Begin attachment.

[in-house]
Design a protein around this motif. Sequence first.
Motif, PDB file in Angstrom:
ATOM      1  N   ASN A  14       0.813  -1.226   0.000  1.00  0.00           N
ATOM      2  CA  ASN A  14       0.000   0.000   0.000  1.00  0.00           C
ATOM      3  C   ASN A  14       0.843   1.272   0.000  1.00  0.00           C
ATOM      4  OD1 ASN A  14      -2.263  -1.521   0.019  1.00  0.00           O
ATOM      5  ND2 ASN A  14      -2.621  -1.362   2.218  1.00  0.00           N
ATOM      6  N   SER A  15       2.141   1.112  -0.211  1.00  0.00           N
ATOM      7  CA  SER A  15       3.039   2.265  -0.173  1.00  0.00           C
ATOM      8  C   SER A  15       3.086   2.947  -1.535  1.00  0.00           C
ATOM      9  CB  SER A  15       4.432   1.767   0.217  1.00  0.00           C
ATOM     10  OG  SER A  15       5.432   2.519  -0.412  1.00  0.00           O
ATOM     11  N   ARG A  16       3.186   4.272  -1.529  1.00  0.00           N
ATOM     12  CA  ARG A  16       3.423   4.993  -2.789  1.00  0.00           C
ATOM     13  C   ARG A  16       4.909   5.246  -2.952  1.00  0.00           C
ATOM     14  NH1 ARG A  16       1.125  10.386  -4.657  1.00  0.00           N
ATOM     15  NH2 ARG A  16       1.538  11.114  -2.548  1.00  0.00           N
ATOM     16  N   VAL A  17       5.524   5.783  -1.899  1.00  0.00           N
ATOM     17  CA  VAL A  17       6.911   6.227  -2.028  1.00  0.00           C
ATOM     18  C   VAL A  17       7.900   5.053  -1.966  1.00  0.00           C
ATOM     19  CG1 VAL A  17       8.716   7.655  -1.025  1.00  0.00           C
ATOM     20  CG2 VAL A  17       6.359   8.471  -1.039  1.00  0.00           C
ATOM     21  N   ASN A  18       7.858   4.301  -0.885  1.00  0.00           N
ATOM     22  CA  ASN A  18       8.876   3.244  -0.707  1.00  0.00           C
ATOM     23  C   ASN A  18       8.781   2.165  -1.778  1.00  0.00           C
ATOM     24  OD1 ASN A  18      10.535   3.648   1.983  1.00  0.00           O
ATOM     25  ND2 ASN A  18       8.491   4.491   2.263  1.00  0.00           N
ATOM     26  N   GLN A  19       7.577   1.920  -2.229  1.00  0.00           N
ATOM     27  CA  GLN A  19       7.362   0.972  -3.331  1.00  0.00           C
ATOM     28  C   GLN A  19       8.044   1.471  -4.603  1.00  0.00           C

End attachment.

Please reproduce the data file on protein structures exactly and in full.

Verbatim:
[in-house]
Design a protein around this motif. Sequence first.
Motif, PDB file in Angstrom:
ATOM      1  N   ASN A  14       0.813  -1.226   0.000  1.00  0.00           N
ATOM      2  CA  ASN A  14       0.000   0.000   0.000  1.00  0.00           C
ATOM      3  C   ASN A  14       0.843   1.272   0.000  1.00  0.00           C
ATOM      4  OD1 ASN A  14      -2.263  -1.521   0.019  1.00  0.00           O
ATOM      5  ND2 ASN A  14      -2.621  -1.362   2.218  1.00  0.00           N
ATOM      6  N   SER A  15       2.141   1.112  -0.211  1.00  0.00           N
ATOM      7  CA  SER A  15       3.039   2.265  -0.173  1.00  0.00           C
ATOM      8  C   SER A  15       3.086   2.947  -1.535  1.00  0.00           C
ATOM      9  CB  SER A  15       4.432   1.767   0.217  1.00  0.00           C
ATOM     10  OG  SER A  15       5.432   2.519  -0.412  1.00  0.00           O
ATOM     11  N   ARG A  16       3.186   4.272  -1.529  1.00  0.00           N
ATOM     12  CA  ARG A  16       3.423   4.993  -2.789  1.00  0.00           C
ATOM     13  C   ARG A  16       4.909   5.246  -2.952  1.00  0.00           C
ATOM     14  NH1 ARG A  16       1.125  10.386  -4.657  1.00  0.00           N
ATOM     15  NH2 ARG A  16       1.538  11.114  -2.548  1.00  0.00           N
ATOM     16  N   VAL A  17       5.524   5.783  -1.899  1.00  0.00           N
ATOM     17  CA  VAL A  17       6.911   6.227  -2.028  1.00  0.00           C
ATOM     18  C   VAL A  17       7.900   5.053  -1.966  1.00  0.00           C
ATOM     19  CG1 VAL A  17       8.716   7.655  -1.025  1.00  0.00           C
ATOM     20  CG2 VAL A  17       6.359   8.471  -1.039  1.00  0.00           C
ATOM     21  N   ASN A  18       7.858   4.301  -0.885  1.00  0.00           N
ATOM     22  CA  ASN A  18       8.876   3.244  -0.707  1.00  0.00           C
ATOM     23  C   ASN A  18       8.781   2.165  -1.778  1.00  0.00           C
ATOM     24  OD1 ASN A  18      10.535   3.648   1.983  1.00  0.00           O
ATOM     25  ND2 ASN A  18       8.491   4.491   2.263  1.00  0.00           N
ATOM     26  N   GLN A  19       7.577   1.920  -2.229  1.00  0.00           N
ATOM     27  CA  GLN A  19       7.362   0.972  -3.331  1.00  0.00           C
ATOM     28  C   GLN A  19       8.044   1.471  -4.603  1.00  0.00           C